When Remakes Happen To Good Horror Movies
Lightening Rarely Strikes Twice
Call me prejudice, but, while I see the value in a play revival, I don’t understand why movies keep being remade. It seems to me that when a play or musical is revived, it is because the current generation is attempting to pay homage to the creative minds of the past. It also could be an attempt to return theatre to its glory days. When a movie is remade, it just seems to me that the only aim is profit. Movie makers see the bleeding box offices and believe that recreating a film will bring the people back to the cinemas and boost ticket sales. It seems like every month another horror movie remake is hitting the cinema. Where did all of the creativity go?
Every time I turn on the television, I see a commercial for the Friday the 13th remake. This bothers me quite a bit. Though I’ve only seen parts of the original, I’ve heard that its good. It’s considered to be a classic so that must account for something. Why is it being remade? Besides adding technology that only seems to make things look fake, what is to be gained? Would it really be too much to ask for people to go to the video store and rent the original?
I’ve always been a fan of John Carpenter’s Halloween. Though I am a little too young to have seen it at the cinema and only rented it, it was one of the first horror movies I ever saw. Michael Myers is every sister’s worst nightmare. When the Rob Zombie version premiered, I went to see it. Admittedly, my expectations weren’t too high. Though I could understand Zombie’s intent, I didn’t like it. We learn that Myers came from somewhat of a broken home. He killed his first victim at a young age. He spent years in an asylum. He made masks. Blah. Blah. Blah. I felt that Carpenter’s version had just enough back story. No one had to know Myers so intimately. I’ve always believed that the less you know about a character, the more of a chance your mind has to wonder about them and, if your mind goes wild, fear them. By finding reasons to pity him, Myers becomes human and the scare factor plummets. Zombie has said that he provided such an extensive back story so that the reason why the killings occurred could be explained. I’ve always heard that killing without reason scares people more than killing with motive. I guess Zombie heard otherwise.
I was one of the few people who saw the 2005 remake of The Amityville Horror. Having been loosely based on true events, the original movie never seemed very…well…original to me. Seeing any version of the movie always makes me want to research the actual events. The 2005 version was just a bad idea. Whoever thought that Ryan Reynolds could fill James Brolin’s shoes is highly delusional.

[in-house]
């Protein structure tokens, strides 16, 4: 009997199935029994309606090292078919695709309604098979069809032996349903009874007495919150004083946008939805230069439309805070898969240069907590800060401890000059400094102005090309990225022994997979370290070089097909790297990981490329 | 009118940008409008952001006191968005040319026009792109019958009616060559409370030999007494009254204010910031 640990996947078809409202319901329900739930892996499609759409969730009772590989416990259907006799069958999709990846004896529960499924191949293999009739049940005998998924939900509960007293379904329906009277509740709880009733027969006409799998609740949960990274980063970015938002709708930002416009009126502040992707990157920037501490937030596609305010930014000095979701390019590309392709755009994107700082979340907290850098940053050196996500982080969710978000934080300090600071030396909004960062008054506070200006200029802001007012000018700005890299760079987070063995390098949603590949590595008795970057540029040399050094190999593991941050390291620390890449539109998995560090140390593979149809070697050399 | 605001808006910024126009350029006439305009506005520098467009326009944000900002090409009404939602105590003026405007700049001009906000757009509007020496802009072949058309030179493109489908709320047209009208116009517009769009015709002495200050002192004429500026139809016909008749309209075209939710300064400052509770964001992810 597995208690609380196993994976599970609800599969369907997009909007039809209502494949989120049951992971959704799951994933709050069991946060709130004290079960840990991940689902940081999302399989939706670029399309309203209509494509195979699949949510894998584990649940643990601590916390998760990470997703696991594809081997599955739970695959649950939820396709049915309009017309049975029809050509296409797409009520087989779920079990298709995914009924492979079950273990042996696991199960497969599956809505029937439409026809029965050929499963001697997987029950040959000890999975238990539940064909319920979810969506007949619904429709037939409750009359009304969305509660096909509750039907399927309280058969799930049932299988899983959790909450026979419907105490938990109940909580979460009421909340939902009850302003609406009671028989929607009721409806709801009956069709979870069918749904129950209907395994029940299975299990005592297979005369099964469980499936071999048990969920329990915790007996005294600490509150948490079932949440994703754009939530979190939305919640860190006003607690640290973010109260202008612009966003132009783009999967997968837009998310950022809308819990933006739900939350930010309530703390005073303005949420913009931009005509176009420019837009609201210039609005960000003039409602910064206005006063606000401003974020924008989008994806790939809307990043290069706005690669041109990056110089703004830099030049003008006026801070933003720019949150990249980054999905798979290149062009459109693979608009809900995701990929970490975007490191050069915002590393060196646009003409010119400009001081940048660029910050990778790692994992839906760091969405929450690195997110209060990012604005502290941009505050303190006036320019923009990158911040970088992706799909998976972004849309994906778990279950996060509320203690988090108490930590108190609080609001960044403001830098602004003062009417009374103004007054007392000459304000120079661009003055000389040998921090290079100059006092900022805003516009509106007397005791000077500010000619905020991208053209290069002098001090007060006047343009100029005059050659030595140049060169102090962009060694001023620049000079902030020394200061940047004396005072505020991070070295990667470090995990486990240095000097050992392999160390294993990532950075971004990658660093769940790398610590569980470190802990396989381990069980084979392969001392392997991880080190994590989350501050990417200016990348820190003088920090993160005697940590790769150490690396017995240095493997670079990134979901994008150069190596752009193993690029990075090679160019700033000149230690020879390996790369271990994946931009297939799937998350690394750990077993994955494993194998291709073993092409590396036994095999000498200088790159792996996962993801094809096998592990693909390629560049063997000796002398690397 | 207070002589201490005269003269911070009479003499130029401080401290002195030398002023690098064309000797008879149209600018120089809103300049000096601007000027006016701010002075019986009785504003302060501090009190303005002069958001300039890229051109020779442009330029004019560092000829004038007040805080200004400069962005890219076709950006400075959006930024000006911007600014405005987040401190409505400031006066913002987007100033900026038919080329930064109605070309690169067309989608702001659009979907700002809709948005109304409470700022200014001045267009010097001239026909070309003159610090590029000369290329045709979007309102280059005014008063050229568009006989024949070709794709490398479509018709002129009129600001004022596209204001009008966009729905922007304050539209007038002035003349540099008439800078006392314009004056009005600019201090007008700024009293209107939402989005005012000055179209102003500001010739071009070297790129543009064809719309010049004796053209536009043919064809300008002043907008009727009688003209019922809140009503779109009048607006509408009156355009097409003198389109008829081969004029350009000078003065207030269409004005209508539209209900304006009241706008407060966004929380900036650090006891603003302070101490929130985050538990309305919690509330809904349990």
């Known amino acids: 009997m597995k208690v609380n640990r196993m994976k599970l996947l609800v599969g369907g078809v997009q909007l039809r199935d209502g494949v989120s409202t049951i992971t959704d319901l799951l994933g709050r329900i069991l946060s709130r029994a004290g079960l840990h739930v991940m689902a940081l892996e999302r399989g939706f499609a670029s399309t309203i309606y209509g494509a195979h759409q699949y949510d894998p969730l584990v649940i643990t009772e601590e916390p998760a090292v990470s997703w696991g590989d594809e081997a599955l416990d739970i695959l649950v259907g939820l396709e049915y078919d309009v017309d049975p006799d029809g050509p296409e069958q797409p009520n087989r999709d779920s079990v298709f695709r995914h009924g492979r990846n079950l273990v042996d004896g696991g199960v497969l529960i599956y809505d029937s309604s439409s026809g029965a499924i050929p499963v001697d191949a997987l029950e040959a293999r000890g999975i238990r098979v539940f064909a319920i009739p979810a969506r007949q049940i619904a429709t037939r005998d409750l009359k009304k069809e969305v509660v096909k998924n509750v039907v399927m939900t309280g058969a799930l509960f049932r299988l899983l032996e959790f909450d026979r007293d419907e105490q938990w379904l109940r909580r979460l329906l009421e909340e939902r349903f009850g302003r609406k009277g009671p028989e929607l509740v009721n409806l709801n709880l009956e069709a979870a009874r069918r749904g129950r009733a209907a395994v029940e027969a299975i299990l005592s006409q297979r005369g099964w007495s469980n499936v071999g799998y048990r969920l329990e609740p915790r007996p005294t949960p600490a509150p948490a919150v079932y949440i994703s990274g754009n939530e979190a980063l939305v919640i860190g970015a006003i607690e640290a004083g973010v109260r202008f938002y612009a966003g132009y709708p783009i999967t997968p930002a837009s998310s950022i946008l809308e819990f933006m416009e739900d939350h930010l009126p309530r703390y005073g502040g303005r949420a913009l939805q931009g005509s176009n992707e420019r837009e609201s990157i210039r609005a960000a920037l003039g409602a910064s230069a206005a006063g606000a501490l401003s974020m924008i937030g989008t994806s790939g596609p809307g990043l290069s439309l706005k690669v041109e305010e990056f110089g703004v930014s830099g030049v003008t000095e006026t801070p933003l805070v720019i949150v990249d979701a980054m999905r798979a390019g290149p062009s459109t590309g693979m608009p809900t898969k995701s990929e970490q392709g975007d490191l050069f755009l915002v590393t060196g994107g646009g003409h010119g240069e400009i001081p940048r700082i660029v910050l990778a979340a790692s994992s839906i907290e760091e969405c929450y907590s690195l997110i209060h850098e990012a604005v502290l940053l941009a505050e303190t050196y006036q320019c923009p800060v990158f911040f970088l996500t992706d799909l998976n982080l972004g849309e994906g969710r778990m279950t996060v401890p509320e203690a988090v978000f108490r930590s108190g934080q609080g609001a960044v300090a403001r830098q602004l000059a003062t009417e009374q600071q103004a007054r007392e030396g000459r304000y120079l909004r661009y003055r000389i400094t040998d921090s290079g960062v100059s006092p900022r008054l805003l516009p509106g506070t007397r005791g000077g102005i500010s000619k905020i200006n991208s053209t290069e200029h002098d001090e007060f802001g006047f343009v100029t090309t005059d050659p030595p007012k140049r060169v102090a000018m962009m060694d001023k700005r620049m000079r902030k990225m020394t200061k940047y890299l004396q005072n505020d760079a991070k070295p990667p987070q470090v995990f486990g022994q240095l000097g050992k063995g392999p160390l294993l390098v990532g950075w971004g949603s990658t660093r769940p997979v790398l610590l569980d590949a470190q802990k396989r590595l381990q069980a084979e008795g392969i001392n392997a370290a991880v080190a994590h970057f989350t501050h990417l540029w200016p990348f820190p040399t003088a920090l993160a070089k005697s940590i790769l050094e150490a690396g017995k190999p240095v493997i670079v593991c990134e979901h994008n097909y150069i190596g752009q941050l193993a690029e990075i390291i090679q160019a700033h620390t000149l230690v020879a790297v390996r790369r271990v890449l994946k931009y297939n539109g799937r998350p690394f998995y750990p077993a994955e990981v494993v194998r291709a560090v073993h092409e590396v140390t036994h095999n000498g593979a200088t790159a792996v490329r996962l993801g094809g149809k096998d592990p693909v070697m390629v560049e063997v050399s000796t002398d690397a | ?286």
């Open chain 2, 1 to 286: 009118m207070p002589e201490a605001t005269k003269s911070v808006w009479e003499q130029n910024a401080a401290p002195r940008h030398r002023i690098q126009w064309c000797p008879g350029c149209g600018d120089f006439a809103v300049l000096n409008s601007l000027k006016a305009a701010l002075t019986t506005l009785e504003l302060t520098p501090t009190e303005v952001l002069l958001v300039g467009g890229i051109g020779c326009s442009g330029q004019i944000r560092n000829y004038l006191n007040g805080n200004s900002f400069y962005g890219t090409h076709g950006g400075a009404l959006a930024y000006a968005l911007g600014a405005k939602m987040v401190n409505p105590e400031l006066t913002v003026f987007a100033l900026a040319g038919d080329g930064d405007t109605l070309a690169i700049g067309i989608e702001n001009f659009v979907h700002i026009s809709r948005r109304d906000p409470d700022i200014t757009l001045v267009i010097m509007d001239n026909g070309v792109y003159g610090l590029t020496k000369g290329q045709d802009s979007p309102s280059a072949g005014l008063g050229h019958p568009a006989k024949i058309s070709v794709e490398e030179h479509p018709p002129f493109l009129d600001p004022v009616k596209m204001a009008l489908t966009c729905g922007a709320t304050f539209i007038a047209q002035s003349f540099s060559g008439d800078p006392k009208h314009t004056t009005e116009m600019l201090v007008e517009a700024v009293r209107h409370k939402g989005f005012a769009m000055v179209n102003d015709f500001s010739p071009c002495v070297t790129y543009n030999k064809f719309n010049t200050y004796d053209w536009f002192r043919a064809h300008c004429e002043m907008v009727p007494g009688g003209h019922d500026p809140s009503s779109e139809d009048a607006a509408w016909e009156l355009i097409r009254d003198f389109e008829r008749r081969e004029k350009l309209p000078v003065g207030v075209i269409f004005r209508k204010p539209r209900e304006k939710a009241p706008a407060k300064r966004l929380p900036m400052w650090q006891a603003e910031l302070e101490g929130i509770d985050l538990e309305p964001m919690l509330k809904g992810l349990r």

Did anyone else, but me, see the remake of Psycho ? Where does one begin when noting the flaws of this film? Anne Heche made my skin crawl. If Miley Cyrus had been the flavor of the month in 1998, I am positive that she would’ve played Marion Crane in Heche’s place. While Vince Vaughn was good, no one played creepy better than the late Anthony Perkins. When it comes to Hitchcock, it would be wise if filmmakers didn‘t tamper with it. Just because you have the technology doesn’t mean you have a worthy vision or the right.
One of the better remakes I’ve seen is The Haunting. I can’t really put my finger on why I liked it. Perhaps it was the cast (Lili Taylor, Liam Neeson, Catherine Zeta-Jones). Perhaps it was that the special effects seemed to add to the story rather than the usual effect of detracting. Perhaps it just was viewed on the right day. It could also be that it was like watching a whole new movie. While the original and the book center on the characters exploring the paranormal, the remake centers on a paranormal investigation disguised as a dream/sleep study. The original1963 film was adapted from Shirley Jackson’s novel, The Haunting of Hill House. Like many horror films of that time, the scare relied heavily on the imagination.
In general, it seems that a remake means same story, added gore. The horror movies of long ago were frightening despite the lack of high tech special effects and, in some cases, even seeing the monster/villain kill. Everything was psychological then and left viewers wondering if leaving the cinema would be the last thing they’d do. Nowadays, if I movie doesn’t make you nauseous, it isn’t considered scary.(It’s frightening how desensitized to violence our society is.)Horror movies with concepts that force one to think beyond a knife are too dull now and bomb at the box office. When did audiences start needing to have everything dumb-down for them?
I am afraid of what horror film will be remade next. The television movie adaptation of Stephen King’s It will celebrate its 20th anniversary next November. I wonder if Rob Zombie will remake that too? If he does, prepare yourself to see Pennywise as a young lad, knickerbockers, mother issues and all.
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